If you are standing securely and the balancing works, we now come to the locomotion - the core of learning to ride a longboard. There are different techniques: pushing (pedaling movements) and pumping (slalom movements). The simpler of the two is certainly pushing, so you should internalize this first when learning to ride a longboard. In principle, you do exactly the same as when you were a child with your scooter. The front foot stands in the direction of travel as centrally as possible in the front area of the deck (knee slightly bent), the back foot is on the ground. Now shift your weight diagonally forward over your standing foot and push off with your pedaling foot. Attention: Make sure that there is enough distance between the longboard and the pedal foot so that you don't hit your board and stumble. Now leave your foot in the air for a moment, balance yourself and roll smoothly... then comes the next push. If this works and you have enough momentum, place your foot in the rear third of your longboard, turn slightly to the side and cruise a round.

Step 3: Learn to ride a longboard - steering

In principle, steering is the easiest step when learning to ride a longboard. Especially if you already have a good sense of balance. Because strictly speaking, when you steer, nothing more happens than a shift of weight. If you want to go right while learning to ride a longboard, you lean to the right, if you want to go left, you lean to the left. Which strength provides which reaction of your longboard, you have to find out and feel with time. Therefore, when learning to ride a longboard, it's best to start with a straight stretch and only increase the difficulty (slope, obstacles, etc.) over time.

Focus on balance

Our tip: Train your balance in addition to learning to ride a longboard - not on the longboard, but on a balance board. You can use it comfortably at home in front of the TV or in the office - maybe when the weather is too uncomfortable to learn longboarding anyway. Through short units you train your sense of balance effectively. You also improve your

  • concentration,
  • coordination,
  • motor skills,
  • core muscles,
  • posture
  • and your body tension.

All this helps you as soon as you stand on a longboard again. With this combination training, you will achieve success even faster when learning to ride a longboard and you will soon master tight turns and bumpy ground.

Step 4: Longboard - learn to brake

Now we come to a very important point when learning to ride a longboard: braking. In order to be able to cruise really safely, you must have a good command of braking. You can use different techniques. Depending on the riding situation, sometimes one is more suitable and sometimes the other. So please try them all when learning to ride a longboard, but as a beginner you should definitely start with the foot brake.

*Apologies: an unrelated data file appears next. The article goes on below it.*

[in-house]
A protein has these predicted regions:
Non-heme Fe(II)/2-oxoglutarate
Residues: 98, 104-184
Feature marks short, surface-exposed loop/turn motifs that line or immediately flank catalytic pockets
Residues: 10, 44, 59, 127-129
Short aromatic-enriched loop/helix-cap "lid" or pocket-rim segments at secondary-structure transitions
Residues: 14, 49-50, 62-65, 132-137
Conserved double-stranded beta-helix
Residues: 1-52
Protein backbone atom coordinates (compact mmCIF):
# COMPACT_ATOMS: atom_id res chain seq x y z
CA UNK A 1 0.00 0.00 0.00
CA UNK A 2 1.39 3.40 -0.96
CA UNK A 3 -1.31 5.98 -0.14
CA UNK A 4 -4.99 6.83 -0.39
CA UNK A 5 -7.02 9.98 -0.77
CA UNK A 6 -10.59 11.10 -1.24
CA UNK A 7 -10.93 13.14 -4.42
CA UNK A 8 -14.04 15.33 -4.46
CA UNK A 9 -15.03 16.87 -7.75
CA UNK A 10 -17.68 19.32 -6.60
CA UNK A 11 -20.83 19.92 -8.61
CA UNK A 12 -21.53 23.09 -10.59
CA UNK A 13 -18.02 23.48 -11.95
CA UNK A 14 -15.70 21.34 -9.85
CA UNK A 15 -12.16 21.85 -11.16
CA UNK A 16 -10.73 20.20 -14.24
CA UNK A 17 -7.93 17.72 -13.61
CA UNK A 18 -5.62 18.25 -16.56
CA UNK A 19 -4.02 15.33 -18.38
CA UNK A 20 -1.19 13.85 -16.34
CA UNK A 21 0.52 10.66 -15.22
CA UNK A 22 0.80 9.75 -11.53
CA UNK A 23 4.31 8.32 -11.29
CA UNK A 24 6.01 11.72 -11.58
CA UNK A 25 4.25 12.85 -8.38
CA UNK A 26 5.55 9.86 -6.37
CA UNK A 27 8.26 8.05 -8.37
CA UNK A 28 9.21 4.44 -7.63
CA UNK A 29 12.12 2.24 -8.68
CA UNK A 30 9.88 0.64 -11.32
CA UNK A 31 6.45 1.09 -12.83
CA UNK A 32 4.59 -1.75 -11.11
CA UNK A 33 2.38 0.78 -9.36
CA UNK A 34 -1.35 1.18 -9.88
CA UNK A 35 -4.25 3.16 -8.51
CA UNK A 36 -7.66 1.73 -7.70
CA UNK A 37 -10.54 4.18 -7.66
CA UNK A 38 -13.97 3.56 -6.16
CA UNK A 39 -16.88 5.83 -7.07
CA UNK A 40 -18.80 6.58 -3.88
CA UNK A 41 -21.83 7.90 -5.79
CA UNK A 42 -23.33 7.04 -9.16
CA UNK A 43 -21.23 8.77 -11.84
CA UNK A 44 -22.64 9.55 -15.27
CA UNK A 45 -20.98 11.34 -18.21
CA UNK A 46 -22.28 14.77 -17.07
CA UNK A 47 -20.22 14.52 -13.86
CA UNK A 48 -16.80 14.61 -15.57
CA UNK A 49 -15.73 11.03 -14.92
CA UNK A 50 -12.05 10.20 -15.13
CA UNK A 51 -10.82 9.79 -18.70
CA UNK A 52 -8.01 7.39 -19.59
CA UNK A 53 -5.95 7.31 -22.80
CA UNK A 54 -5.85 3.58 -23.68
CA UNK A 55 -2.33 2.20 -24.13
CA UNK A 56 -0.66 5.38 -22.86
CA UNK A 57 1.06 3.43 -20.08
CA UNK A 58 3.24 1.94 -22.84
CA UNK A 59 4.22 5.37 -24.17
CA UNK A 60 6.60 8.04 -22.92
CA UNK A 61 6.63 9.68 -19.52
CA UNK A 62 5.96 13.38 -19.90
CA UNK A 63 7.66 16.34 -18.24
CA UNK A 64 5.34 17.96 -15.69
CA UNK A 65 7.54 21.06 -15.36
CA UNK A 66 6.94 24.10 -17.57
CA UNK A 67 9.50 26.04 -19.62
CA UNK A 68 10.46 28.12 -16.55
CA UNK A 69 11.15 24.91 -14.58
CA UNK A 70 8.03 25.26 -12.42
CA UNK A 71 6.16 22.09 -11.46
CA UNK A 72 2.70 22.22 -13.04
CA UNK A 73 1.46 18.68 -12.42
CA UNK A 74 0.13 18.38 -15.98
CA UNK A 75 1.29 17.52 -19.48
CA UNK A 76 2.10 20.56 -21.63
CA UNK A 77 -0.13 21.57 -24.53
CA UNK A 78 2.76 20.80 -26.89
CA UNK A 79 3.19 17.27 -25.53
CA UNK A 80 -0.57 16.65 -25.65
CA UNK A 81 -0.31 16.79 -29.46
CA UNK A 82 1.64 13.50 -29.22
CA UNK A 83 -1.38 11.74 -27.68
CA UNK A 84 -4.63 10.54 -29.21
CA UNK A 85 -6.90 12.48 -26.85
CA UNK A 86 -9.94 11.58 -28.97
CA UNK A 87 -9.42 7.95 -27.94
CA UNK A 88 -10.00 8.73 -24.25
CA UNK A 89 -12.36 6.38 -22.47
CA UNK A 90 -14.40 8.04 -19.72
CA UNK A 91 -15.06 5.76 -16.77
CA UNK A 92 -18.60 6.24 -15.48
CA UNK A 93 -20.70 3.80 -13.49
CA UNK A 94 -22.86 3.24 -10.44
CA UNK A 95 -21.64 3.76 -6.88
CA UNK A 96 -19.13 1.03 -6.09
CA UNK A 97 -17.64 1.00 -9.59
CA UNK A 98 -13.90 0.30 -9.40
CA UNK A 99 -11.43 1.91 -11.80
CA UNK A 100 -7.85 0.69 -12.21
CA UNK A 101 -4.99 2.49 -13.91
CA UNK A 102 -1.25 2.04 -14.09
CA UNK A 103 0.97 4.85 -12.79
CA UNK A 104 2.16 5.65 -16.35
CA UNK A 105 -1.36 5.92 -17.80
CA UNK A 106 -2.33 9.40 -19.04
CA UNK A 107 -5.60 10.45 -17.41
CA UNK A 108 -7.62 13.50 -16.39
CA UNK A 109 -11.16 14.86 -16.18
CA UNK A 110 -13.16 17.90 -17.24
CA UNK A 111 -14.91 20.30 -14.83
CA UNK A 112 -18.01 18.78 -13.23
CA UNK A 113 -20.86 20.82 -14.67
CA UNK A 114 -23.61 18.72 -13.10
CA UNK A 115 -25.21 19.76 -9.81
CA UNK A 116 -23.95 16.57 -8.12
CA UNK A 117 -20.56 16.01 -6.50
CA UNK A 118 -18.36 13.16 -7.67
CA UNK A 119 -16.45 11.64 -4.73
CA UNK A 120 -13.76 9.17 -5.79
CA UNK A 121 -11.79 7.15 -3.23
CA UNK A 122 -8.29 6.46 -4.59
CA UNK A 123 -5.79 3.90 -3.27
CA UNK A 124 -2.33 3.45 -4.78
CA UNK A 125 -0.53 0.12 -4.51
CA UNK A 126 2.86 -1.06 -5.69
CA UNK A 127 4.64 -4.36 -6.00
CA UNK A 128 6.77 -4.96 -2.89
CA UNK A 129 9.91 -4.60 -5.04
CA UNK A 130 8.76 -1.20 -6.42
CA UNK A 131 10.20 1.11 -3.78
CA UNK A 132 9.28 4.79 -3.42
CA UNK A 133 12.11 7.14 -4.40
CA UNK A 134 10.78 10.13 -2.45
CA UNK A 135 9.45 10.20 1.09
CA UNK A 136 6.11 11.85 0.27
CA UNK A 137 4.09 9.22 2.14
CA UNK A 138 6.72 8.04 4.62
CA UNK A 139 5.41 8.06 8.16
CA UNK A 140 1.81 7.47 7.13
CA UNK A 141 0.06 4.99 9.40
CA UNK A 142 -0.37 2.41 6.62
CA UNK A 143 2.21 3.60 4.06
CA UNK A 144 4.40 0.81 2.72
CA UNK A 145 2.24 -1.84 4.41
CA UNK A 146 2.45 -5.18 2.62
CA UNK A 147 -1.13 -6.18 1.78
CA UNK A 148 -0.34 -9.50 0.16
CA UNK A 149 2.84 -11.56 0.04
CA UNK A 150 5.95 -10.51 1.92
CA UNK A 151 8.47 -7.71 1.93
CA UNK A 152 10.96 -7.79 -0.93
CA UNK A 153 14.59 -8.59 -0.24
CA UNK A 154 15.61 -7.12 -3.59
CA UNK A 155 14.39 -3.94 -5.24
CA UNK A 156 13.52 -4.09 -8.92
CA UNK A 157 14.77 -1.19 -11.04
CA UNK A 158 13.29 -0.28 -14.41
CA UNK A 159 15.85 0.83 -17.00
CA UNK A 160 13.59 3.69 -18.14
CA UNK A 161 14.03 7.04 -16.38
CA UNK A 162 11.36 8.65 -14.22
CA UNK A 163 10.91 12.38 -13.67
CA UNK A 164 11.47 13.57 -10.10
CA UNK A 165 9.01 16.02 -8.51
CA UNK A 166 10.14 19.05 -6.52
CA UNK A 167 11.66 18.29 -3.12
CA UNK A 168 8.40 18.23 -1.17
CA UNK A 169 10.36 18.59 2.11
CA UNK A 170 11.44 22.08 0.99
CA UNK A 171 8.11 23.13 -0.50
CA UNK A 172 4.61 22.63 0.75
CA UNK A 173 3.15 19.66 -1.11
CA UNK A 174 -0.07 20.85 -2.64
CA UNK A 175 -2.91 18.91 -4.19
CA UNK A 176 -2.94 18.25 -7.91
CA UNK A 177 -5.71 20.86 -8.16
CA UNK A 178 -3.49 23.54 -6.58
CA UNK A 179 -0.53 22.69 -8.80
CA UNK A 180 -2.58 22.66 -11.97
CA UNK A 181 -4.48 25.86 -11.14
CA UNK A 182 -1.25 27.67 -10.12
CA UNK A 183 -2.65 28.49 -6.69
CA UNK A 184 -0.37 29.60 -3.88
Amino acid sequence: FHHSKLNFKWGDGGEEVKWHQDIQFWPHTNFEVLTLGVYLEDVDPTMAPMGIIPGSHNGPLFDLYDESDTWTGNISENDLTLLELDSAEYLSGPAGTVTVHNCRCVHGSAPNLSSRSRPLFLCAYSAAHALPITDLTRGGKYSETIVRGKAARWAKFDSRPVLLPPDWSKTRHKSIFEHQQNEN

Foot brakes

With foot braking you stop your longboard by putting one foot on the ground. Keep your supporting leg slightly bent on the board, shift your weight to your supporting leg and brake with the necessary pressure - the more, the faster you stop, but the more jerky your stop will be. You have to be prepared for this. Our tip: Sturdy shoes and not your favorite sneakers are extremely important here, because the sole of your shoes will wear out very quickly during foot braking. Practice foot braking while learning to ride a longboard until you can do it in your sleep, and only then will you learn the other techniques.

Roll out

When rolling out you don't have to do anything. This sounds good at first and is of course easy on the joints and material, but it has a big disadvantage: you need, depending on the speed, a decent long distance. This may not be a problem when cruising at a leisurely pace, but it's virtually impossible in hectic city traffic.

Jumping off

Jumping off is really only for emergencies, because you always take a risk when jumping off the board, no matter at what speed: You can fall or twist your ankle, for example. Nevertheless, practice this braking technique while learning to ride a longboard in a safe environment so that you are prepared in case of an emergency.

Wind braking

If you have a lot of speed and are not in a hurry to brake, you can also let the wind resistance work for you. Simply extend your arms while riding. You will quickly notice how you lose speed.

Step 5: Longboard - learn to slide

Another very safe braking technique is sliding, but it requires a little practice. To do this, you need to bring your board across the lane... then nothing rolls. But how do you do it? Again, it's your balance that counts! You shift your body weight to one foot and pull the board on the opposite side across the direction of travel. Be sure to bend your knees slightly and strengthen your core so that the abrupt change doesn't throw you off course. Our tip: Use gloves when learning to ride a longboard, in case you need to support yourself on the road when sliding. By the way, sliding is not only suitable for braking, but can also be used as a riding technique. But we'll deal with that another time, because for this you already need to have a little experience on your longboard. So: First learn to ride a longboard, best with the balance board as support, then come the slides and the casual tricks.

Cool Longboard Tracks

Now you are (almost) a longboard pro and of course you know: Every riding style needs a different track. You can cruise on long, straight roads, for downhill riding the track should be a bit sloping and for a slalom narrow, winding streets are a nice challenge. So you can explore the most different routes with your longboard and of course find out what suits you best. And is the weather not suitable for learning to ride a longboard? Then you simply fall back on your balance board and put in a balance training session. This is at least as much fun as learning to ride a longboard!